Pennsylvania Looks to Increase EV Adoption Statewide

Can a new coalition convince Pennsylvania's government and citizens to go electric?

Getty Images / Peter Ptschelinzew

With electric cars being the hot topic of many auto manufacturers this year, many states are looking to increase the number of electric vehicles on the road. Unfortunately, outside of already well-established hotspots, electric car-friendly infrastructure dwindles. Pennsylvania is looking to become the next state with an initiative to promote the adoption and daily use of electrified automobiles, and several government entities have spawned a coalition to do just that.

A group known as the Drive Electric Pennsylvania Coalition has been in the making since 2016. The state's Department of Environmental Protection established the group as part of a statewide stakeholder collaboration with a set of common goals in mind: promote the public acceptance of electric cars, and increase the number of EVs on Pennsylvania roadways.

On Monday, the Coalition presented its draft plan to begin transitioning Pennsylvania to one of the few EV-friendly states in the nation. Together with the DEP and Pennsylvania Department of Transportation, the coalition was able to identify the increased number of EVs on the road which will occur within the next decade, which has been jump-started by manufacturers like Tesla and Volkswagen who are already hard at work to ensure it can meet projected consumer demand.

The problem is, like most states, Pennsylvania consumers aren't yet generating the demand for electric cars similar to leading states on the west coast like California and Washington. Of the 8.1 million passenger cars in Pennsylvania, only 4,364 new EVs were registered in 2017. The Coalition believes that this is partly due to the lack of trust and familiarity with the platform, as well as the severe lack of public charging infrastructure in Pennsylvania.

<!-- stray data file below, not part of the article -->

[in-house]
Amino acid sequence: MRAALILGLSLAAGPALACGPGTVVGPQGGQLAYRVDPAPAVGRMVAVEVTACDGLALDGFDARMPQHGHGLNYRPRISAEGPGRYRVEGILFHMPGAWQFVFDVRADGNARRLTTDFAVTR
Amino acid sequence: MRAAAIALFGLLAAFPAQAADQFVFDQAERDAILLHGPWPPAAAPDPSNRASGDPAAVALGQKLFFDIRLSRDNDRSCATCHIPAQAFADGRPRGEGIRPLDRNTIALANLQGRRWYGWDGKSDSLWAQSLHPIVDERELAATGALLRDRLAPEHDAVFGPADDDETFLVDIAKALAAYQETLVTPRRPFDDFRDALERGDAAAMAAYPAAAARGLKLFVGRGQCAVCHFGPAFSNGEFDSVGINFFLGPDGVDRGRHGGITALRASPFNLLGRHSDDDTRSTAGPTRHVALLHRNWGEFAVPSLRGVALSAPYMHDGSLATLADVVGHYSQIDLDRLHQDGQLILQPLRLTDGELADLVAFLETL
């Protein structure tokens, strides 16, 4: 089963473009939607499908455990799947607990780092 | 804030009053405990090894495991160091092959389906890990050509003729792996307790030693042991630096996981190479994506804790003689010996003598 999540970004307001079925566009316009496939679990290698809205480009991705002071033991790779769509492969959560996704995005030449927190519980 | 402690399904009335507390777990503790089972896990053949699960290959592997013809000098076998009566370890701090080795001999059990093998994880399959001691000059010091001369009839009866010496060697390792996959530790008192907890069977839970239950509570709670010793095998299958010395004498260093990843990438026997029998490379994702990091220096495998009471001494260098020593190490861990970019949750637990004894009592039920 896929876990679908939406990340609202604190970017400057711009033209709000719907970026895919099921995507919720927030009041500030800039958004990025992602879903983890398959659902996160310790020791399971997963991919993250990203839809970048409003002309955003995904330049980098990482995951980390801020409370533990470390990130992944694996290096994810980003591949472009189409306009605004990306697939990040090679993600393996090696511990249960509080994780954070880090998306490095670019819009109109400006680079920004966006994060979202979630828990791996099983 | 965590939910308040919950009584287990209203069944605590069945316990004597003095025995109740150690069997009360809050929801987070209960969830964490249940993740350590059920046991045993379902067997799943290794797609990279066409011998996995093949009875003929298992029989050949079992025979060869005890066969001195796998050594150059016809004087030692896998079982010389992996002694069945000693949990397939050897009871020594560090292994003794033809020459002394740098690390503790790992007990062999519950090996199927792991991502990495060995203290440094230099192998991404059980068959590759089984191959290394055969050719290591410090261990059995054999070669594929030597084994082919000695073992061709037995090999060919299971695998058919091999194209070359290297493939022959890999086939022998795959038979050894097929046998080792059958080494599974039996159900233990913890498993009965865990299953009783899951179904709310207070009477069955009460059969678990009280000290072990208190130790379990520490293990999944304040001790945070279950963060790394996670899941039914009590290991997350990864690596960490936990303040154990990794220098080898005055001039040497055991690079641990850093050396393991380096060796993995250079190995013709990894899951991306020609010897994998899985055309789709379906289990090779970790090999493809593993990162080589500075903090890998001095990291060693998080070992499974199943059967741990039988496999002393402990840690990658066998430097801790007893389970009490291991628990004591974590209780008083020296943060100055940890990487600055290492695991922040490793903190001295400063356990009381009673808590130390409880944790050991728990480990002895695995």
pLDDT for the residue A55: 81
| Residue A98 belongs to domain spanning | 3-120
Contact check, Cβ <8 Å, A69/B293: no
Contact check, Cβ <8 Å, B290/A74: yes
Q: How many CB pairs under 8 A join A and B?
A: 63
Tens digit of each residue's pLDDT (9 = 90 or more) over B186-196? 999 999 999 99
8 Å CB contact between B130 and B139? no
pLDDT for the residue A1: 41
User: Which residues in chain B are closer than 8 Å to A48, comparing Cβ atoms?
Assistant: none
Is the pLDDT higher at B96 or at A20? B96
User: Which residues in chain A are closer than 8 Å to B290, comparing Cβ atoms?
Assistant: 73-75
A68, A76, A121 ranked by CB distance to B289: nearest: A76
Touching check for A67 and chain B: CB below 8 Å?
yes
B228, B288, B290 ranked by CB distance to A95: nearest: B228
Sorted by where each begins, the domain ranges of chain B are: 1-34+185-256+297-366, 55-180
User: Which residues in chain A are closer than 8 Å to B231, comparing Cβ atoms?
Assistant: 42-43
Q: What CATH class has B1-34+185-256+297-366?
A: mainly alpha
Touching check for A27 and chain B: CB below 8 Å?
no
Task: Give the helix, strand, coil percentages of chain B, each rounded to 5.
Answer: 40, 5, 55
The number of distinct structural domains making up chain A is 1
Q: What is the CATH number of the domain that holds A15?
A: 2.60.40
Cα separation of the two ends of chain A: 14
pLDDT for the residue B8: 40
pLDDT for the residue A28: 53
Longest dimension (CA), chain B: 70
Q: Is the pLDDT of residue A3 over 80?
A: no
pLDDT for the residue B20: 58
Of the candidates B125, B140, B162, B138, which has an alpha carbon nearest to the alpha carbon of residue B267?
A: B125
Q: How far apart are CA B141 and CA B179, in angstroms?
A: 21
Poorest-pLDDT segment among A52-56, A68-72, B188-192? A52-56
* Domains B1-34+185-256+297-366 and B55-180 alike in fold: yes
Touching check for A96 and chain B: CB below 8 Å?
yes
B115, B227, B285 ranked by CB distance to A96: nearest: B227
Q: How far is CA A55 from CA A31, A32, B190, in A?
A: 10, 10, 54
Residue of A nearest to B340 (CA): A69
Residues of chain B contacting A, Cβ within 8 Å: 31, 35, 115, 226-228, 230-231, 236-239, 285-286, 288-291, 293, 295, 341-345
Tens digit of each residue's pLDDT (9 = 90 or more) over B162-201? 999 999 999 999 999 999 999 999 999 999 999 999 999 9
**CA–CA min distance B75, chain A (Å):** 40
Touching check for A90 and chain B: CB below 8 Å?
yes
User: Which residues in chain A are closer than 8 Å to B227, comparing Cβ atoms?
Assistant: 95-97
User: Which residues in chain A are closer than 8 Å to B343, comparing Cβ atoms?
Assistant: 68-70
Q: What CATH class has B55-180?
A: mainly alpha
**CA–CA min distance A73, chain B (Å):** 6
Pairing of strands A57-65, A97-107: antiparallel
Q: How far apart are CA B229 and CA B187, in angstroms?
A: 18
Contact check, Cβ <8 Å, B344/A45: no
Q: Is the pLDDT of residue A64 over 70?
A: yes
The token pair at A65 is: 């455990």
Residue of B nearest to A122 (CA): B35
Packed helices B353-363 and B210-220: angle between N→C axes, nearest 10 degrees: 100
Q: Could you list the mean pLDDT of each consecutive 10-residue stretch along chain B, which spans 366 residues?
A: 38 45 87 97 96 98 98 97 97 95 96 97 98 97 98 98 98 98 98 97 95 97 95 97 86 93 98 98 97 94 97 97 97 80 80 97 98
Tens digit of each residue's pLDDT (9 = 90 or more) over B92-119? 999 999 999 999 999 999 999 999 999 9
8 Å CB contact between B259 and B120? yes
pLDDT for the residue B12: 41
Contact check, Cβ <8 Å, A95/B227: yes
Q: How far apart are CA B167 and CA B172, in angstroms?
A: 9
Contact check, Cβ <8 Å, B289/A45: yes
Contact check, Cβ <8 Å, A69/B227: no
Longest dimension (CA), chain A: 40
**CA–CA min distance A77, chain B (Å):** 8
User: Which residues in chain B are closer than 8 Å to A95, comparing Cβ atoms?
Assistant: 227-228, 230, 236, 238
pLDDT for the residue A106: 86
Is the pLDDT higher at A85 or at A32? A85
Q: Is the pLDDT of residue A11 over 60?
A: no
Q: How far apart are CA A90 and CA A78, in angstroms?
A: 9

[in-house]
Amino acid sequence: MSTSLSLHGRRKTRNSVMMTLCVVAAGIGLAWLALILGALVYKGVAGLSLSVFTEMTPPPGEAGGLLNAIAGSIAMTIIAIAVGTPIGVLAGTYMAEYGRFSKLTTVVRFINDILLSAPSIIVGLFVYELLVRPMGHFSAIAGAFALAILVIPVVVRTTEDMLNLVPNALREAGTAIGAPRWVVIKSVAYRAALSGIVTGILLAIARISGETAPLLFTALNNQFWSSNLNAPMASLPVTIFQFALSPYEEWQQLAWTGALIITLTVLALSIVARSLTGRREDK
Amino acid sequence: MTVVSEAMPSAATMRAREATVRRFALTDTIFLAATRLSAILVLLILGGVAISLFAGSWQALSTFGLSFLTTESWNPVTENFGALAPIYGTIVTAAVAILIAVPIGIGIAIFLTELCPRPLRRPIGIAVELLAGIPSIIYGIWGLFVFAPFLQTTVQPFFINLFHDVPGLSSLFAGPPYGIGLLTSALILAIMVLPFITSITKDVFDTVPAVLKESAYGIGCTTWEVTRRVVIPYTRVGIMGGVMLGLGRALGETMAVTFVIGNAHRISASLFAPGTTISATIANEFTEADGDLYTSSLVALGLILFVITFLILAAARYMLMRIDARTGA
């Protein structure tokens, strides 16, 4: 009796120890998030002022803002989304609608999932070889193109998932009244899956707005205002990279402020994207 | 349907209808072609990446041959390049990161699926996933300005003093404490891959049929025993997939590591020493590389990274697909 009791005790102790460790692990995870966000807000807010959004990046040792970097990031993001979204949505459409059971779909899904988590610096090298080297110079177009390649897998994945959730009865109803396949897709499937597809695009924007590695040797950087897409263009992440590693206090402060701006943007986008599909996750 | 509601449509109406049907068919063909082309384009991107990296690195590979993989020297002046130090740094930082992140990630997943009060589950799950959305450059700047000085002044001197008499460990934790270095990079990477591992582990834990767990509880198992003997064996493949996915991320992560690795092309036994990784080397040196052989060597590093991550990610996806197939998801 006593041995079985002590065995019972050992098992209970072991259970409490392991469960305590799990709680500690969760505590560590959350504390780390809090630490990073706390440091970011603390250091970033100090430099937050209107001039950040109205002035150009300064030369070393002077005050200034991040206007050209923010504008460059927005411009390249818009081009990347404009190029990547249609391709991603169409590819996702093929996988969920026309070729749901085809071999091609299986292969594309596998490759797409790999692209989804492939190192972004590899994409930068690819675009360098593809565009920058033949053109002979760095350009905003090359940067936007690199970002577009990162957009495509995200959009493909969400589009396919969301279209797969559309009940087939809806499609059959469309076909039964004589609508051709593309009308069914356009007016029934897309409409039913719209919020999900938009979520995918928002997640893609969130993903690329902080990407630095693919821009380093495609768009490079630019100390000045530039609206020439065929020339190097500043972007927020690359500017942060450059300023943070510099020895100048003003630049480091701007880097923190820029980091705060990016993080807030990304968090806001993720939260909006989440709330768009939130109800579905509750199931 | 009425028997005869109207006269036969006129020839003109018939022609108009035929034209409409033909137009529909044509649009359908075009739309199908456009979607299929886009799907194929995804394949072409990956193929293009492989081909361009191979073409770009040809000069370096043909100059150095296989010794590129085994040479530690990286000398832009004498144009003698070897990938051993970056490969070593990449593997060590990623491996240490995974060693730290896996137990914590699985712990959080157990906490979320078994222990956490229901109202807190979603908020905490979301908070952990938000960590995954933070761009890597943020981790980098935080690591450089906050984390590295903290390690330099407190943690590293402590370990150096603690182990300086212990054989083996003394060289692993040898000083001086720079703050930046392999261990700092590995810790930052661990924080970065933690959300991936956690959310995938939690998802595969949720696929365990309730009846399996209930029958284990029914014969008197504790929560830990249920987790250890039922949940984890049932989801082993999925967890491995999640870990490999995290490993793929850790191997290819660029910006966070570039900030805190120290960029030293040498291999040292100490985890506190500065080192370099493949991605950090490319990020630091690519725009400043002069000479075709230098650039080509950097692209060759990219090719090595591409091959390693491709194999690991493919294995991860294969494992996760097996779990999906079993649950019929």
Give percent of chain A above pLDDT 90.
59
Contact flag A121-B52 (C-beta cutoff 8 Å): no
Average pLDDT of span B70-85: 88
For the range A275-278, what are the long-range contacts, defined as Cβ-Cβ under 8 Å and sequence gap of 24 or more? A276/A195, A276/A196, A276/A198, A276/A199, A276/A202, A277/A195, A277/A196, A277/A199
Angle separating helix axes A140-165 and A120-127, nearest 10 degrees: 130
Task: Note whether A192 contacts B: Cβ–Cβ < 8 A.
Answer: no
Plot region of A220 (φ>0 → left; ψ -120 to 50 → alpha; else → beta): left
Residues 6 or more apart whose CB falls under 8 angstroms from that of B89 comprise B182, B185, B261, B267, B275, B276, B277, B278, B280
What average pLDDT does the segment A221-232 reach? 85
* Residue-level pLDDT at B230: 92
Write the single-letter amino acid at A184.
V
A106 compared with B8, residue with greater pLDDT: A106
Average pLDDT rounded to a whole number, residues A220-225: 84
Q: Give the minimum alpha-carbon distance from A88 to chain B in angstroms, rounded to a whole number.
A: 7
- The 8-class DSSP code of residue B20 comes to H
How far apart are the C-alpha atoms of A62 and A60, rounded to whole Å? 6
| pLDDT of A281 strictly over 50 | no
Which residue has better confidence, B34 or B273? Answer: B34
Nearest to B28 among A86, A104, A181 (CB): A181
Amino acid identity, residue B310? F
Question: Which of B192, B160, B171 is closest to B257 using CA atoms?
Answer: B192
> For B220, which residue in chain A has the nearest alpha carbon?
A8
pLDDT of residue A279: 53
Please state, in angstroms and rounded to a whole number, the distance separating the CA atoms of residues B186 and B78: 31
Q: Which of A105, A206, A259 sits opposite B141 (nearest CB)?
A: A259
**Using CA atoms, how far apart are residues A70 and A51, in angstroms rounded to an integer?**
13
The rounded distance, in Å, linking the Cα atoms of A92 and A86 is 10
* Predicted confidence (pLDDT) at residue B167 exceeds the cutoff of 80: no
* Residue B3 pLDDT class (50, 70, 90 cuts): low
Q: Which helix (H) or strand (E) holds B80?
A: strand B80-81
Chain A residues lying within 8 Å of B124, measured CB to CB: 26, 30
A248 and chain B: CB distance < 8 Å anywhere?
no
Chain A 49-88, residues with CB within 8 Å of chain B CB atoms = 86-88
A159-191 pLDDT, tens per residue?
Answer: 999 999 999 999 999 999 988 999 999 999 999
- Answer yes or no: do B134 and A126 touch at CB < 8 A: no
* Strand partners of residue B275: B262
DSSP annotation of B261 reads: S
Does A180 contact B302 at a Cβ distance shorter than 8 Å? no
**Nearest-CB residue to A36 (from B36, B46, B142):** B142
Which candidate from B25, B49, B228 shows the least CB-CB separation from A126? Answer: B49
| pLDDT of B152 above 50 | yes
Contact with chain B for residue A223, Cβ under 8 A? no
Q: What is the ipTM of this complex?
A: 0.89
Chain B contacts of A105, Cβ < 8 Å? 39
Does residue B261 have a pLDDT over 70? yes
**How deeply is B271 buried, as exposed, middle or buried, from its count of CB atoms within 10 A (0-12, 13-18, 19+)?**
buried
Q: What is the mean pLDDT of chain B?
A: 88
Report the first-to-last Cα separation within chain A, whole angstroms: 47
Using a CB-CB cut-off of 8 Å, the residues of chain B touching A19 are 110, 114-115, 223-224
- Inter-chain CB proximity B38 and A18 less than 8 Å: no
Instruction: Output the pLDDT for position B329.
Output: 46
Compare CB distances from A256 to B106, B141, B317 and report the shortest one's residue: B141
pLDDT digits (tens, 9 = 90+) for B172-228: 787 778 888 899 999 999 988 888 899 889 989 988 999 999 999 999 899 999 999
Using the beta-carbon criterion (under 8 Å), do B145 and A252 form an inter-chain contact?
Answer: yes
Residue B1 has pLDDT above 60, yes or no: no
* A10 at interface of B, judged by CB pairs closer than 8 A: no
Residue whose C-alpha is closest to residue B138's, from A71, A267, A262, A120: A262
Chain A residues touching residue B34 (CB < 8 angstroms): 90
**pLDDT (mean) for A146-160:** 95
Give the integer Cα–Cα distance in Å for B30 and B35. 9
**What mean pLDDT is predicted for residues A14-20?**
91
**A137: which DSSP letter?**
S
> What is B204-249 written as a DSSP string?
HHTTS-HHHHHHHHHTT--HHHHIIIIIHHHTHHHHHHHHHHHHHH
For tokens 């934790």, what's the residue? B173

The proposal drafted by the group reportedly includes marketing campaigns to earn the public's trust in EVs, building code amendments to incorporate charging stations into new and existing structures, and even a state rebate program - something which previously stimulated Georgia's EV adoption to be among the highest in the nation. Unfortunately, a rebate may prove to be too little, too late, as major manufacturers are closing in on the maximum number of federal tax credits currently available, though the pressure is on to keep the credits available.

"Generally speaking I believe that Philadelphia and Pittsburgh are the likely highest saturation of EV," a spokesperson told The Drive, meaning that the two large cities on opposite sides of the state will likely be some of the biggest early focuses.

States will soon need to take the electrification of its roadways seriously, especially as the number of vehicles offered by some automakers begin to shift away from gasoline-powered cars and towards powerplants that run on batteries. Not only will the infrastructure need to ensure that drivers have more places to charge their cars in public, but it will also need to support the increased demand on the power grid. This could lead to a shift of taxation as revenue is lost from the gas tax, meaning that state governments will need to find alternative ways to fund its transportation initiatives.

The final plan won't be ready for review until June, but conversations revolving around the best way to get consumers into the driver's seat of an EV are already underway. This movement isn't the first organization that has popped up to advertise the practicality of electric cars for a state, and surely won't be the last. As electric cars begin to become more commonplace, the public will begin to buy into the new vehicles and states need to be ready. Should Pennsylvania's approach work well, it may be a model that other states could follow to ready their infrastructure for the incoming change of electrification.